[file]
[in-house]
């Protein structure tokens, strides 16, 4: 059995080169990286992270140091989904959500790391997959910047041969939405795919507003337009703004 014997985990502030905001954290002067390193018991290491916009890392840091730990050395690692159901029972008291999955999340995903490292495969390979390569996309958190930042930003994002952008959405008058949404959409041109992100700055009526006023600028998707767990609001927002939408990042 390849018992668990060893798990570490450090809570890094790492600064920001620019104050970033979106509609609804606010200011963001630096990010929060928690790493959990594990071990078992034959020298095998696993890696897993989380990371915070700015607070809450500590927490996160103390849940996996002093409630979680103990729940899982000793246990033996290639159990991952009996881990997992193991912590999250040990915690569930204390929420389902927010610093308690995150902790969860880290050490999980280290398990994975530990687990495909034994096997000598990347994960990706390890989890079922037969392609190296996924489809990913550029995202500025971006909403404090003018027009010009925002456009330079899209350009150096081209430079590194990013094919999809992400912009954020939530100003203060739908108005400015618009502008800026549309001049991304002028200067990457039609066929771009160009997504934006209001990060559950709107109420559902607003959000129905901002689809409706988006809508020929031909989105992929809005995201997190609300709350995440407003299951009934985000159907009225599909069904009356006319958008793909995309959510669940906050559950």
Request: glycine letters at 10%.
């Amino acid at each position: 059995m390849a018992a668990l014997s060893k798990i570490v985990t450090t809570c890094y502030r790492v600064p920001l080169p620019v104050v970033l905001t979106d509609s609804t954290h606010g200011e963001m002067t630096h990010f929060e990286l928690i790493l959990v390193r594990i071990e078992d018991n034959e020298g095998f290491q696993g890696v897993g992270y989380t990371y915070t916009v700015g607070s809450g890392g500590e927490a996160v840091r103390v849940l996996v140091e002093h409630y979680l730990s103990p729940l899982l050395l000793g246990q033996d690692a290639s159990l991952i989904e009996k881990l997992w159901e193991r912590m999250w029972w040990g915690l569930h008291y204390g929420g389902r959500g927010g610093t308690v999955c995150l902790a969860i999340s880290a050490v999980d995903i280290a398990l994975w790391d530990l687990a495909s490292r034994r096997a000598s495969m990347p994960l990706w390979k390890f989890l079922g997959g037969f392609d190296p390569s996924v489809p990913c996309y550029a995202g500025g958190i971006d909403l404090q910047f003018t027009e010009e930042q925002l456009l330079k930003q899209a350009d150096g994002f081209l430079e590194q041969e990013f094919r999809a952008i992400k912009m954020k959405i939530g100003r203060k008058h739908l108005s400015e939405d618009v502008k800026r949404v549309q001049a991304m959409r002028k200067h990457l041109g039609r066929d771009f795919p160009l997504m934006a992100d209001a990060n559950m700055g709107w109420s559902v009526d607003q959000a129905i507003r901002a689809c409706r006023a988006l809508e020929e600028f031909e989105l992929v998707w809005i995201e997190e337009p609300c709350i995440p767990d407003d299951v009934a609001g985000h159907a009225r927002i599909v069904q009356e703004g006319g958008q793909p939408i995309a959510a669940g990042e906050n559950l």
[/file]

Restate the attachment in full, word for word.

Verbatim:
[in-house]
């Protein structure tokens, strides 16, 4: 059995080169990286992270140091989904959500790391997959910047041969939405795919507003337009703004 014997985990502030905001954290002067390193018991290491916009890392840091730990050395690692159901029972008291999955999340995903490292495969390979390569996309958190930042930003994002952008959405008058949404959409041109992100700055009526006023600028998707767990609001927002939408990042 390849018992668990060893798990570490450090809570890094790492600064920001620019104050970033979106509609609804606010200011963001630096990010929060928690790493959990594990071990078992034959020298095998696993890696897993989380990371915070700015607070809450500590927490996160103390849940996996002093409630979680103990729940899982000793246990033996290639159990991952009996881990997992193991912590999250040990915690569930204390929420389902927010610093308690995150902790969860880290050490999980280290398990994975530990687990495909034994096997000598990347994960990706390890989890079922037969392609190296996924489809990913550029995202500025971006909403404090003018027009010009925002456009330079899209350009150096081209430079590194990013094919999809992400912009954020939530100003203060739908108005400015618009502008800026549309001049991304002028200067990457039609066929771009160009997504934006209001990060559950709107109420559902607003959000129905901002689809409706988006809508020929031909989105992929809005995201997190609300709350995440407003299951009934985000159907009225599909069904009356006319958008793909995309959510669940906050559950």
Request: glycine letters at 10%.
């Amino acid at each position: 059995m390849a018992a668990l014997s060893k798990i570490v985990t450090t809570c890094y502030r790492v600064p920001l080169p620019v104050v970033l905001t979106d509609s609804t954290h606010g200011e963001m002067t630096h990010f929060e990286l928690i790493l959990v390193r594990i071990e078992d018991n034959e020298g095998f290491q696993g890696v897993g992270y989380t990371y915070t916009v700015g607070s809450g890392g500590e927490a996160v840091r103390v849940l996996v140091e002093h409630y979680l730990s103990p729940l899982l050395l000793g246990q033996d690692a290639s159990l991952i989904e009996k881990l997992w159901e193991r912590m999250w029972w040990g915690l569930h008291y204390g929420g389902r959500g927010g610093t308690v999955c995150l902790a969860i999340s880290a050490v999980d995903i280290a398990l994975w790391d530990l687990a495909s490292r034994r096997a000598s495969m990347p994960l990706w390979k390890f989890l079922g997959g037969f392609d190296p390569s996924v489809p990913c996309y550029a995202g500025g958190i971006d909403l404090q910047f003018t027009e010009e930042q925002l456009l330079k930003q899209a350009d150096g994002f081209l430079e590194q041969e990013f094919r999809a952008i992400k912009m954020k959405i939530g100003r203060k008058h739908l108005s400015e939405d618009v502008k800026r949404v549309q001049a991304m959409r002028k200067h990457l041109g039609r066929d771009f795919p160009l997504m934006a992100d209001a990060n559950m700055g709107w109420s559902v009526d607003q959000a129905i507003r901002a689809c409706r006023a988006l809508e020929e600028f031909e989105l992929v998707w809005i995201e997190e337009p609300c709350i995440p767990d407003d299951v009934a609001g985000h159907a009225r927002i599909v069904q009356e703004g006319g958008q793909p939408i995309a959510a669940g990042e906050n559950l």